Resilience Our Shared Values, Our Shared Armour

Resilience: Our shared values, our shared armour

Published: 16/06/2020

Author: Kim Christodoulou

Nothing quite magnifies powerlessness like ‘lockdown’ in the midst of widespread protests around deep structural inequality and discrimination.

Having grown up in South Africa, I am familiar with oppression, violence and trauma. Inspired by some the most powerful social workers in South Africa, Ellen Kuzwayo and Winnie Madikizela-Mandela, I search deep for my resilience – a concept that all social workers today are taught and is widely applied, both to family support and social care practice and to the experiences of the people we work with.

Resilience is about stability, what enables better-than-expected outcomes in the face of adversity and how we as individuals, families, communities and organisations can build conditions to support resilience. So how do we operationalise and weaponise our resilience at this critical time, so that we can support the most vulnerable in society and fight injustice from our homes, where the tools we have are Skype and Zoom?

Self-determination, social justice and social responsibility, the values of social work, we strive to change the world one small step at a time. Already one of the most stressful professions to work in. A survey of 1,000 social workers undertaken by Unison in 2018 described ‘social work at breaking point’. With a variety of factors influencing this. According to Unison ‘Eight in ten social workers are doing unpaid overtime in order to keep the service going, and over half are thinking of leaving for something less stressful. This is despite taking pride in their roles as social workers, working with vulnerable people to try to improve their lives for the better’ (Unison, 2019).

Since the start of the coronavirus (COVID-19) pandemic, NHS and social care workers in the UK have been working tirelessly for the last three months so that people receive the support that they need despite restrictions placed by the lockdown and the threat of the virus itself. So how are we all coping with the added pressures? How can we support and give leadership to an already stressed workforce whilst we face isolation, the threat of a virus and deeply traumatic events such as the death of George Floyd in the USA? This is what is emerging.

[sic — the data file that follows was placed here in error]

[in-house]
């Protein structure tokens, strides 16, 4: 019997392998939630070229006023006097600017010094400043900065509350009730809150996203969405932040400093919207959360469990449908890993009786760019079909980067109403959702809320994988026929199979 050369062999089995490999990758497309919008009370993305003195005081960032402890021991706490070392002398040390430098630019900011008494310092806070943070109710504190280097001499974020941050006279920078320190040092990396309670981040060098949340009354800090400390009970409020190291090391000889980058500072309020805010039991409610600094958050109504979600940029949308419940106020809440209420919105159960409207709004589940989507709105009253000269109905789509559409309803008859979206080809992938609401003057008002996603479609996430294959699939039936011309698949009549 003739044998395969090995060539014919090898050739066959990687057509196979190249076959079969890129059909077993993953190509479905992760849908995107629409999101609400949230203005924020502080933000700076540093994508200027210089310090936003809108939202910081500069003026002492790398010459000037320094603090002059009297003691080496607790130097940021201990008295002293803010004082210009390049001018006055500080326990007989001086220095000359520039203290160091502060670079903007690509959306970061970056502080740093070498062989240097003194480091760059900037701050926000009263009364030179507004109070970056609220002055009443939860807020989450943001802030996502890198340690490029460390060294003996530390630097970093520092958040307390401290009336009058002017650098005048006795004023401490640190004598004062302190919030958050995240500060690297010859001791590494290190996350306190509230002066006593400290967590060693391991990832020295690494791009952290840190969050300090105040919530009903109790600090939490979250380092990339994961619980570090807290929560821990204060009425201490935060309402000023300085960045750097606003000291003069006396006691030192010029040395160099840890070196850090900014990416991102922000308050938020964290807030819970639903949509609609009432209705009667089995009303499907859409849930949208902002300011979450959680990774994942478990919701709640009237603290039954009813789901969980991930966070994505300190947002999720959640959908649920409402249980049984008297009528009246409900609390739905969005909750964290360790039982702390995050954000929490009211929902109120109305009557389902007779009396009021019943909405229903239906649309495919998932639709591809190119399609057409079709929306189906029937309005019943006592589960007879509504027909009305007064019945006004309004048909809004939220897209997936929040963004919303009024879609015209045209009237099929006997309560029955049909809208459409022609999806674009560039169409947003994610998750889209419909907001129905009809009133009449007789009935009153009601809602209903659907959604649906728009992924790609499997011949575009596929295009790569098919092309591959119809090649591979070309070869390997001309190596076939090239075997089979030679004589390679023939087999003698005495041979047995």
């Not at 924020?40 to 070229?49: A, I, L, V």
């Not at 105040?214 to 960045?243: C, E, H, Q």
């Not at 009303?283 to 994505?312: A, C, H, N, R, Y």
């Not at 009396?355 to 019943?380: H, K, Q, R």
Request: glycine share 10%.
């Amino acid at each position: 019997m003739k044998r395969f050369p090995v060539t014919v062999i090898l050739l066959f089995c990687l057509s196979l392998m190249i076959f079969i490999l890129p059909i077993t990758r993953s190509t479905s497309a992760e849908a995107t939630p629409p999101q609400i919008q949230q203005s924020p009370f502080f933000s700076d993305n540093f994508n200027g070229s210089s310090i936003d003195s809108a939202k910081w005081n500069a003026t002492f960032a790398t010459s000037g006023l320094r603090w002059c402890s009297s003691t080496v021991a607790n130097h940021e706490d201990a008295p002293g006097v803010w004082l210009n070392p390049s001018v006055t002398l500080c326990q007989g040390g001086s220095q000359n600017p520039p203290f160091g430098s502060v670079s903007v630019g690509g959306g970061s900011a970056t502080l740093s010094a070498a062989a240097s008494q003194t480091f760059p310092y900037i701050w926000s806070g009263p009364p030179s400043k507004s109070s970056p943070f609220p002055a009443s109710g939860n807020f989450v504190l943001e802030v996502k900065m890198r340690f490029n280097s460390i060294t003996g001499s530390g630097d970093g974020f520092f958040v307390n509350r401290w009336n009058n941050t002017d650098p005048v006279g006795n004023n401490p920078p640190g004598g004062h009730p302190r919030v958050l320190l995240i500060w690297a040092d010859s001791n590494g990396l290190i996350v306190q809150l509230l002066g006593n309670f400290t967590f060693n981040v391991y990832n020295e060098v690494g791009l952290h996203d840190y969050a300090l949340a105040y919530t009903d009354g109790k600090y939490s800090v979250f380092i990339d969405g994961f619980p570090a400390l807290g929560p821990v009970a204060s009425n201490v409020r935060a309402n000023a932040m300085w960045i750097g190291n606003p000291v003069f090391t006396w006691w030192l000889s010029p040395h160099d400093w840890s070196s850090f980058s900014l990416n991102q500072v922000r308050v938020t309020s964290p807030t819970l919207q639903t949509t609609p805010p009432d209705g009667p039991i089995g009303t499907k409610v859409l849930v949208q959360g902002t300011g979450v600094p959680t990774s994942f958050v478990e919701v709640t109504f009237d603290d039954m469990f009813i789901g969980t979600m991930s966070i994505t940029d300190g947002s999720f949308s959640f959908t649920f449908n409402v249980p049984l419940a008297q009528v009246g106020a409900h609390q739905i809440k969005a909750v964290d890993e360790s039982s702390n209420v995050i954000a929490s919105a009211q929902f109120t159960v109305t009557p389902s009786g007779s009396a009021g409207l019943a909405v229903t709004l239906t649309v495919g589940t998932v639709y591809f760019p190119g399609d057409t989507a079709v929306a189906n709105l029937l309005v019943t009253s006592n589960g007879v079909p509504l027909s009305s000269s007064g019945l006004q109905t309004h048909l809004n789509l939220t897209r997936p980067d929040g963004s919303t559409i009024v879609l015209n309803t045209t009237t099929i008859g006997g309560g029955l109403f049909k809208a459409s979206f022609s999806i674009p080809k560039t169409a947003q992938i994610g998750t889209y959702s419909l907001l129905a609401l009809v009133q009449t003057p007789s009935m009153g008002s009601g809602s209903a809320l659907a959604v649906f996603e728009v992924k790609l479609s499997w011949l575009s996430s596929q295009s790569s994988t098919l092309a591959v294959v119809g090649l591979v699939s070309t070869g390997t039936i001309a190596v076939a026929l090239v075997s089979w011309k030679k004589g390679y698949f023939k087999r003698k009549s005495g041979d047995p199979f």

Being vulnerable

I was introduced to the concept of the ‘wounded healer’ early in my social work career. Originally coined by Carl Jung, he refers specifically to professionals who experience personal challenges. Jung’s interpretations relied on the belief that all people experience trauma and those that enter helping professions bring that to their professional development (Christie and Jones, 2014, cited in Newcomb et al, 2015).

With this metaphor in mind, continuously reflecting on our experiences, and the development of our resilience through the social work journey, we harness our woundedness both lived and witnessed through our social work encounters.

What this has meant for my leadership role during COVID 19 thus far, is being vulnerable. Acknowledging the pain of isolation and harnessing inner strength. I have been present almost every day listening carefully with empathy. Addressing the power dynamics of management through anti-discriminatory practice and acknowledging what I do not know. Through this, I have come to know the people I work with more profoundly despite the isolation. It has been painful and real. I have learnt that we can feel connected despite the separation and that we can draw resilience from being vulnerable and being present. Our shared values as social workers, bind us together, and serve as our shared armour.

Being brave

Facing new challenges every day we rely on the support of colleagues. Sometimes that means having courageous and brave conversations, surfacing what is uncomfortable or unknown and acknowledging that we all need support. Three months of COVID-19 lockdown and reaching out has been more important than ever. The pain of witnessing brutal oppression and discrimination alongside the reports of the pandemic itself disproportionately affecting Black, Asian, Minority Ethnic (BAME) communities is deeply distressing.

Learning to be an ally, as Dr Muna Abdi puts in it her article on BAMEed “pushing past the point of comfort to take effective and impactful action to change things...even if that action is messy or risks the loss of your own privileged/powerful status”. This is where I am pushing to be. To be a strong ally and to stand with my colleagues in the fight against injustice and oppression, and for social justice. Once again, our shared social work values, our shared armour.

So the challenges and learning has been deep. The present feeling almost post Foucauldian, post ‘panopticon’, the virus an invisible threat, and the responsibility for our restricted liberty passed to us as individuals, the trauma of discrimination and oppression continues. My deepest priorities have been to reach out and be there for the people in my teams. I will keep coming back to core values and ethics, the backbone of my practice. We don’t always get it right, but if we keep being present with our vulnerability and woundedness, we find our resilience. #Resilience

Kim Christodoulou (Camden)

Kim Christodoulou

Kim Christodoulou is a social worker, best interests assessor and service manager at Camden Council for support and safeguarding adults. Twitter: @Kimch78


Unison (2019) Social Work at Breaking Point 

Newcomb, Michelle & Burton, Judith & Edwards, Nicole & Hazelwood, Zoe. (2015) How Jung's concept of the wounded healer can guide learning and teaching in social work and human services. Advances in Social Work and Welfare Education. 17. 55-69.

Abdi, M. (Accessed June 2020) Advice for Being an Ally